Fast Facts

  • Proclaimed the state flower in 1955
  • Botanical name: Rosa
  • To say roses have a long history would be an understatement. Rose fossils have been found up to 35 million years old and its cultivation in gardens goes back at least 5,000 years.
  • Rose Trivia: Rose hips, the fruit of the rose plant, is one of nature’s most concentrated sources of Vitamin C.
  • New York Flower Delivery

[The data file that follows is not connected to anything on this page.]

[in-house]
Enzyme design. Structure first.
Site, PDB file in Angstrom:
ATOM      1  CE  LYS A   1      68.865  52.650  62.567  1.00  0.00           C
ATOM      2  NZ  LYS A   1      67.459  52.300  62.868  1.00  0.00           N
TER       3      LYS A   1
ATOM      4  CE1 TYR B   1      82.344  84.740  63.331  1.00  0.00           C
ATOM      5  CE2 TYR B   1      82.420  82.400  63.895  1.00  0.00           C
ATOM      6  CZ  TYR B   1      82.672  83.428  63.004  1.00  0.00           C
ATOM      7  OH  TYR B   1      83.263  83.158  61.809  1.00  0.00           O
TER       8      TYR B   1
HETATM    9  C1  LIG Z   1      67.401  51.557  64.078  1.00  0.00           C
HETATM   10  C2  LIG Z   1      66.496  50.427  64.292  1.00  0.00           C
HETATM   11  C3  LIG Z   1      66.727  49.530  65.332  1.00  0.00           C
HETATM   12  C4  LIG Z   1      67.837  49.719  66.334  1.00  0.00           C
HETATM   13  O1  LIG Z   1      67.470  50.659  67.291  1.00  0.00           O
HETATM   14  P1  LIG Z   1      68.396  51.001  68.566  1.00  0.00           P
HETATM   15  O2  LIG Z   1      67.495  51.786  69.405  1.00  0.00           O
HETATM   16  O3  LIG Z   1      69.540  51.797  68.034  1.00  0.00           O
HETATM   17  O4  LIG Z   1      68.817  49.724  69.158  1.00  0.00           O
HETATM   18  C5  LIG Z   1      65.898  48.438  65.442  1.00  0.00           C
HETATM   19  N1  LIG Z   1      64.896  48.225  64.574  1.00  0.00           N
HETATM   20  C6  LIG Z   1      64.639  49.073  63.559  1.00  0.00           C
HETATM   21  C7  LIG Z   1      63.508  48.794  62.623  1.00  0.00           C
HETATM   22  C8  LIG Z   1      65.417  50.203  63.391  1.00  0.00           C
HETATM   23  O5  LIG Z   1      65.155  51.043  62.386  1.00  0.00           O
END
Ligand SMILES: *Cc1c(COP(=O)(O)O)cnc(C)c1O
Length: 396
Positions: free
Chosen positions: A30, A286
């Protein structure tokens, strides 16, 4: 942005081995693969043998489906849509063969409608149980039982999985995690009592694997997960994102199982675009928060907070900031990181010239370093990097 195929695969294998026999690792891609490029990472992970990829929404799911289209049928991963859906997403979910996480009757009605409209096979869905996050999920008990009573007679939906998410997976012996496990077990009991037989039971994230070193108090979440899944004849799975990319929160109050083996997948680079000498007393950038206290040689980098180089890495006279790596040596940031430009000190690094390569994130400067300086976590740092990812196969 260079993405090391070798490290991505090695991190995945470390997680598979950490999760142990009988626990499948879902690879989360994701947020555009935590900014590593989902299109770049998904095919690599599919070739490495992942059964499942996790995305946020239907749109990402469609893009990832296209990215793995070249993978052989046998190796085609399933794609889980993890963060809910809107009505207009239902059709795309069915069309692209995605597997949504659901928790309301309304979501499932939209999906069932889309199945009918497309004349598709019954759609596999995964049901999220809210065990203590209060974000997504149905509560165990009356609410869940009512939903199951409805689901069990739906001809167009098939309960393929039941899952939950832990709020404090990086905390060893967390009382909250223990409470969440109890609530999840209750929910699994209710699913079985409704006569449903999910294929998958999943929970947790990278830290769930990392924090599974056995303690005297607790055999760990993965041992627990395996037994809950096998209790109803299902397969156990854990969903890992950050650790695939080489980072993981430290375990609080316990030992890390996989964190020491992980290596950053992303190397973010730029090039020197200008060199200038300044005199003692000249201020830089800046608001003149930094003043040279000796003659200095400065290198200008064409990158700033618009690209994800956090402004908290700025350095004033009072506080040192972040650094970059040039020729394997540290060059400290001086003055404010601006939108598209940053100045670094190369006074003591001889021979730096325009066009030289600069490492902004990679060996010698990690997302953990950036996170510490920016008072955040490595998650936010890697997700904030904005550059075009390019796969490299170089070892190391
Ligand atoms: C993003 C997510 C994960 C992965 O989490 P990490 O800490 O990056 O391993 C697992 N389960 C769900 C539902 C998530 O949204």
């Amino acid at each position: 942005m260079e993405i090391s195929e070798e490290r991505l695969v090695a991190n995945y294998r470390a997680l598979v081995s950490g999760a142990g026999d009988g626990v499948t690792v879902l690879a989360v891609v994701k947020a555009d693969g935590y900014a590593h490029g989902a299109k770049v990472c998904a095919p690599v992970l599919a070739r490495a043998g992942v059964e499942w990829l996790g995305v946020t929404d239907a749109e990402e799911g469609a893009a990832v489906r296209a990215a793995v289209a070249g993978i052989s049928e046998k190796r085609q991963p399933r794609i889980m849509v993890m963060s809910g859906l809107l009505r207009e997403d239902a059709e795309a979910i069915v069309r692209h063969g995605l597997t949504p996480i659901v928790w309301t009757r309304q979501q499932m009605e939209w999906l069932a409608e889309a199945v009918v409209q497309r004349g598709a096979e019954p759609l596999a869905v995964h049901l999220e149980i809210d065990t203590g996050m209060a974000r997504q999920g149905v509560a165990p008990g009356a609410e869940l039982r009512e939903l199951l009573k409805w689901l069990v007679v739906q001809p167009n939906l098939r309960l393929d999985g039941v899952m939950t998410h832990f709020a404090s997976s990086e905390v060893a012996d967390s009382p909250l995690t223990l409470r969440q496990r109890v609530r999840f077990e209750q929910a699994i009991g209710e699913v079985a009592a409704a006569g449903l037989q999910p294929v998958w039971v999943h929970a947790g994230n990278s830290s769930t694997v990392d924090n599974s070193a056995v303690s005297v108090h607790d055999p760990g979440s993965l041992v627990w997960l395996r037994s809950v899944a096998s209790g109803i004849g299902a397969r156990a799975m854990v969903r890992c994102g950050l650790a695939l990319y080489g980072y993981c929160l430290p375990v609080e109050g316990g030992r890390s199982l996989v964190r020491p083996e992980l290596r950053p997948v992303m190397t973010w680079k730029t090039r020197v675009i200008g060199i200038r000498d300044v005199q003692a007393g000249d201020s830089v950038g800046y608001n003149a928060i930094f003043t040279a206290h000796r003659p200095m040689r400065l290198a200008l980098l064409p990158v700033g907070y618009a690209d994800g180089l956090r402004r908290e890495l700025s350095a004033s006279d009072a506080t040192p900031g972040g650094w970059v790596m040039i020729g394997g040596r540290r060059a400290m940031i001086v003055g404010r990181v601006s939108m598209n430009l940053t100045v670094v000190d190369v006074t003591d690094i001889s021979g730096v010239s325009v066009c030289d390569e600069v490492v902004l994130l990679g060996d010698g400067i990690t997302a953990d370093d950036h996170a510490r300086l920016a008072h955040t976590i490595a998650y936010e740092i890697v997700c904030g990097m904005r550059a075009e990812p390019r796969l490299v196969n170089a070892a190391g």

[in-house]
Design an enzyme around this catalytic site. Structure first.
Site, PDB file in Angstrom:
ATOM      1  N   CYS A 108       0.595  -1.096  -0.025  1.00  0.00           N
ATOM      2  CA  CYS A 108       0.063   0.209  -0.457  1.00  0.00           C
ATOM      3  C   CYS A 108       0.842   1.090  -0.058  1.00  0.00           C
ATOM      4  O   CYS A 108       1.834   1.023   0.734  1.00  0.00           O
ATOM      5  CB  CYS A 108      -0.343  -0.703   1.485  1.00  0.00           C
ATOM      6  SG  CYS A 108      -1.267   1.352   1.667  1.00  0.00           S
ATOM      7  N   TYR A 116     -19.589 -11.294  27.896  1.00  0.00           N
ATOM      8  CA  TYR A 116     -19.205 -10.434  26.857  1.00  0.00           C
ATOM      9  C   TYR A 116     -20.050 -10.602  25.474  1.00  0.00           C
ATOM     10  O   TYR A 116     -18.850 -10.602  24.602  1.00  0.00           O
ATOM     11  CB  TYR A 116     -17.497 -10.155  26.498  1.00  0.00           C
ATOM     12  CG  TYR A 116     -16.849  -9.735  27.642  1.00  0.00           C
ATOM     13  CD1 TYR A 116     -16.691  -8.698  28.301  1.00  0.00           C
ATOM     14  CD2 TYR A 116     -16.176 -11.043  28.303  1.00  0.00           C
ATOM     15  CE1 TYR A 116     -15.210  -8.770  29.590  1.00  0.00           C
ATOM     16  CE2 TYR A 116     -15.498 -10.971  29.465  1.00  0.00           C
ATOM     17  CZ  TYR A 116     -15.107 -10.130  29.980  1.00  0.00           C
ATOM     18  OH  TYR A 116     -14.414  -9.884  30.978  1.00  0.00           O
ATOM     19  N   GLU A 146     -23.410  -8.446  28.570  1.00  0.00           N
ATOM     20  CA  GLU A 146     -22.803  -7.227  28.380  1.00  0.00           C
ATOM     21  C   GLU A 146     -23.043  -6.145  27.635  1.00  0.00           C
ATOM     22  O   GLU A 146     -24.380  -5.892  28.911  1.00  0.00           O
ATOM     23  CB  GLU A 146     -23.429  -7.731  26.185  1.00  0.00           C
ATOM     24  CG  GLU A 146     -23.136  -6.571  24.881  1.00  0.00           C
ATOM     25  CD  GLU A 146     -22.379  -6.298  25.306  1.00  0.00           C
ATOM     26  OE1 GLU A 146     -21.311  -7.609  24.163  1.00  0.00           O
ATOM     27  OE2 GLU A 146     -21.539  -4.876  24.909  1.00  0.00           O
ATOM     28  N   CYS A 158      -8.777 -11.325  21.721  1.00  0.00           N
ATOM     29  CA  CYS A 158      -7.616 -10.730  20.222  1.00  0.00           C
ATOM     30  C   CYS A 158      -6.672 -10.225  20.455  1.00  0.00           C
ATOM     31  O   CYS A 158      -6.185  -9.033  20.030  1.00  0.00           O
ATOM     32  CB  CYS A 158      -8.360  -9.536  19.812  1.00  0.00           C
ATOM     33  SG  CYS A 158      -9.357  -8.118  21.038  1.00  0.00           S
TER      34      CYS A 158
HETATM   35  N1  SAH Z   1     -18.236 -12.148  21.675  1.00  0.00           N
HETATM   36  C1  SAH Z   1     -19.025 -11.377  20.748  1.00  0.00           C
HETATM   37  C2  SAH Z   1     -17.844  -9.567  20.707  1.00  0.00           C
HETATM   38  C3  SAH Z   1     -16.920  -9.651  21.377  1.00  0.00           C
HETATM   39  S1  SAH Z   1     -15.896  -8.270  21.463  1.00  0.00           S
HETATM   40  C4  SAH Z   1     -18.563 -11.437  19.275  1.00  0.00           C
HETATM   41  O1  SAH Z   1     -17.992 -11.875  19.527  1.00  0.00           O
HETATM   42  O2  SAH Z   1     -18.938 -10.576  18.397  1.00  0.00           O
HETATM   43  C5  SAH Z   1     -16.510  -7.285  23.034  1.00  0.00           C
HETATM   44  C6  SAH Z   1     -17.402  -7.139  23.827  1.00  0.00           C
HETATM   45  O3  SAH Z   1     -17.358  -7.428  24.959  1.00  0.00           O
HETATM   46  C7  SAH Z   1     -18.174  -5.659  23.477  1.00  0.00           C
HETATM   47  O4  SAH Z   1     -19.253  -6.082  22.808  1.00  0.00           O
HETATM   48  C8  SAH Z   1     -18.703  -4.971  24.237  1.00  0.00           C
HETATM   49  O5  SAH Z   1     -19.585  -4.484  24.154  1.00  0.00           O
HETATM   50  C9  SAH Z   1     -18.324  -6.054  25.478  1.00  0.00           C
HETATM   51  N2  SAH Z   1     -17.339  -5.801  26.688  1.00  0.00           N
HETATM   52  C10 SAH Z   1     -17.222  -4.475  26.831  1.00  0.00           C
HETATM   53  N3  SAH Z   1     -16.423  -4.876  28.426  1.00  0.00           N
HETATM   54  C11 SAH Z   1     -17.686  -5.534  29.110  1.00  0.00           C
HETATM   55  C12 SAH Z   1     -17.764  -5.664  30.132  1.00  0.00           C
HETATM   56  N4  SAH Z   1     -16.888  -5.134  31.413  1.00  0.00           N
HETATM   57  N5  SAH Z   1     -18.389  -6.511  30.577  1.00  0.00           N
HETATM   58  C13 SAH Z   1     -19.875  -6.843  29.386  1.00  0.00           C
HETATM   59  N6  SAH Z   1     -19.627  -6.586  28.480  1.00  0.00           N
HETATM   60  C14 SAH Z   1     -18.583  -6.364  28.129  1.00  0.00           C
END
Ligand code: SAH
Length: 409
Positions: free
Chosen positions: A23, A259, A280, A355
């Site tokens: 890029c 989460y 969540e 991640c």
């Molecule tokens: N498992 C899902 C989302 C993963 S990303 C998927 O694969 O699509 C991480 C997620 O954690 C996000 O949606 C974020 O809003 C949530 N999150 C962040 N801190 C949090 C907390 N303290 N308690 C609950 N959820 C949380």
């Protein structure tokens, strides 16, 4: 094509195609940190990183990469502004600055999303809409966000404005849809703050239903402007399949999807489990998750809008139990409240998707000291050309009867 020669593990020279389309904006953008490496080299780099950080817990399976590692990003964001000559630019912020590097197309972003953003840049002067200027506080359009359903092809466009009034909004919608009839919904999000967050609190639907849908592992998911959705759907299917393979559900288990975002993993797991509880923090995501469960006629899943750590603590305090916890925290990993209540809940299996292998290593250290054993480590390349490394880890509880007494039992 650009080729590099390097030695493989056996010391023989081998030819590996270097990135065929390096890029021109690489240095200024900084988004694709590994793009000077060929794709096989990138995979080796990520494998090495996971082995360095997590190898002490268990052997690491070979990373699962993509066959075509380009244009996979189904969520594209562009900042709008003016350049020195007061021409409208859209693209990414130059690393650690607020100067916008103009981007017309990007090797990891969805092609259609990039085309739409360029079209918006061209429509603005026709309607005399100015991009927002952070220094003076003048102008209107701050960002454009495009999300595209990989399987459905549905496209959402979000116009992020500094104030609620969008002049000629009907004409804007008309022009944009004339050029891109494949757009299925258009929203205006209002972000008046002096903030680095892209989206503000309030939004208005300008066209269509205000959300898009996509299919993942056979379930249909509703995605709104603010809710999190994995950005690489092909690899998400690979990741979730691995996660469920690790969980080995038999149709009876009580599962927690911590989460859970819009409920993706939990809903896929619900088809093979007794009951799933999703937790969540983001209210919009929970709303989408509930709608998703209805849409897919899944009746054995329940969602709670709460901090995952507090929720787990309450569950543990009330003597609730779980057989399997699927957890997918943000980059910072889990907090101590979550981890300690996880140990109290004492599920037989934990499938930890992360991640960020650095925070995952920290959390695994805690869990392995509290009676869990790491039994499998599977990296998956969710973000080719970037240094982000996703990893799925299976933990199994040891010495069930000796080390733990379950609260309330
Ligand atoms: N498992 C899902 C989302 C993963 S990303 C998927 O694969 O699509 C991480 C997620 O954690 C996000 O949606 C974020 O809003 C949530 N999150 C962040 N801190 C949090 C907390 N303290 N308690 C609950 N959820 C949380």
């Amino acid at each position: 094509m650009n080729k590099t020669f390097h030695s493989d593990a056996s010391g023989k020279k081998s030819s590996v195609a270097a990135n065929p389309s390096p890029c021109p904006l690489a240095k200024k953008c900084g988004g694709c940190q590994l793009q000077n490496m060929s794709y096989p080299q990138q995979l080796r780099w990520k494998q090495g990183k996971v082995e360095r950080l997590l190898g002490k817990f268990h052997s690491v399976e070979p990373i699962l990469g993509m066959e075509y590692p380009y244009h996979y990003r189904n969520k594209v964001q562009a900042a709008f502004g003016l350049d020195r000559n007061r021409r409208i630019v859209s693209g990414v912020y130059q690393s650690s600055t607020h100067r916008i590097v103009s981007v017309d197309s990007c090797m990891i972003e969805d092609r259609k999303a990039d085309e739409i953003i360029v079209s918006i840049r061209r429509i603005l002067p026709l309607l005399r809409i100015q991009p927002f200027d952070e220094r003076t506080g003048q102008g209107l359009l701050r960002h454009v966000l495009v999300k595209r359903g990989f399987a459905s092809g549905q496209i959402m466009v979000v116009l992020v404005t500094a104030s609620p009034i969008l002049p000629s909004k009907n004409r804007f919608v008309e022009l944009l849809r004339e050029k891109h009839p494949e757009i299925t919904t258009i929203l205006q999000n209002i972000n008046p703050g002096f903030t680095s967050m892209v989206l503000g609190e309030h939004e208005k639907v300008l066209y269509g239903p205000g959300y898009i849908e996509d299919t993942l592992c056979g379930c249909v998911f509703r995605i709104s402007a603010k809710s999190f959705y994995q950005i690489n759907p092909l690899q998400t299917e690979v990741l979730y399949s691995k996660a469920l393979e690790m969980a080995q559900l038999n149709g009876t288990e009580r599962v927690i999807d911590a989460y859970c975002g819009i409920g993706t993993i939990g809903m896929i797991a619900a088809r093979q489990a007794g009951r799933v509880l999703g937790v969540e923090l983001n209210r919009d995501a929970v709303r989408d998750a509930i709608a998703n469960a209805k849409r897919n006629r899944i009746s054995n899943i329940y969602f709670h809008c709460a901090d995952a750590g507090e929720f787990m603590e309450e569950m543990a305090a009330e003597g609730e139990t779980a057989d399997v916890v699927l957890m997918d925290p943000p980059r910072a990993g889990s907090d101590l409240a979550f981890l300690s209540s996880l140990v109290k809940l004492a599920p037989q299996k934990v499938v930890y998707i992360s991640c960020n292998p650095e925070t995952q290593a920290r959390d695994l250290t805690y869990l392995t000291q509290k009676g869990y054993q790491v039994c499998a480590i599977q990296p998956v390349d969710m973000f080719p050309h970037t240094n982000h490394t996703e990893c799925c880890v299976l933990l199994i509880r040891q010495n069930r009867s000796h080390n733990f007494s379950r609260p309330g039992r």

Even though the school children of New York state were asked to vote for state flower as early as 1890, for some reason the state legislature never officially proclaimed a winner until 1955. The rose was actually the children’s second choice as the New York state flower, losing out to the goldenrod but soundly defeating the daisy. In a run-off election in 1891, however, the rose won handily. As the rose has historically been one of the most highly cultivated flowers, with more than 150 species and 20,000 hybrids in existence, the New York legislature wisely chose not to play favorites and in their 1955 proclamation included roses “in any color or combination of colors common to it.” Roses grow well throughout the U.S., and can be found all across New York State, from New York City in the south to Rochester in the north, though the Hudson Valley region seems to be most vibrant producer of the New York state flower. While rose gardens have been a staple of parks and private estates in Europe for centuries, the rose gardens of the Hudson Valley seem to have taken the art form to new level. The Hudson flows from upstate New York in the vicinity of the state capitol in Albany, past historic sites such as Sleepy Hollow and Dobb’s Ferry, and on past Yonkers to New York City, feeding lush flower gardens all along the way. Hudson Valley floral and tourist associations arrange tours and distribute maps of the most famous rose gardens, many on former estates of the fabulously wealthy now opened to the public. Among them are: Kykuit, home to four generations of the Rockefeller dynasty, boasts magnificent views and a beaux-arts landscape created in 1907, including a formal rose garden. The Vanderbilt Mansion, one of the Hudson Valley’s greatest estates, has a rose garden with more than 1,200 plants. Lyndhurst, an historic 19th-century Gothic Revival estate, includes an 1870 conservatory greenhouse and a rose garden that has 100 varieties of roses designed in a circular pattern. Boscobel an elegant, neo-classical mansion sited high above the Hudson River, has a formal rose garden with a central fountain and more than 140 varieties of roses and 600 other plants. While rose plants do grow wild in New York, we’re reasonably certain that the schoolchildren and state legislature had the varieties we’ve grown to love as bouquets and centerpieces in mind when they proclaimed the rose as the New York state flower. For more on roses themselves, please see our pages on Rose Traditions and Rose Colors & Meanings. New York state flower sources: http://www.urbanext.uiuc.edu/roses/history.html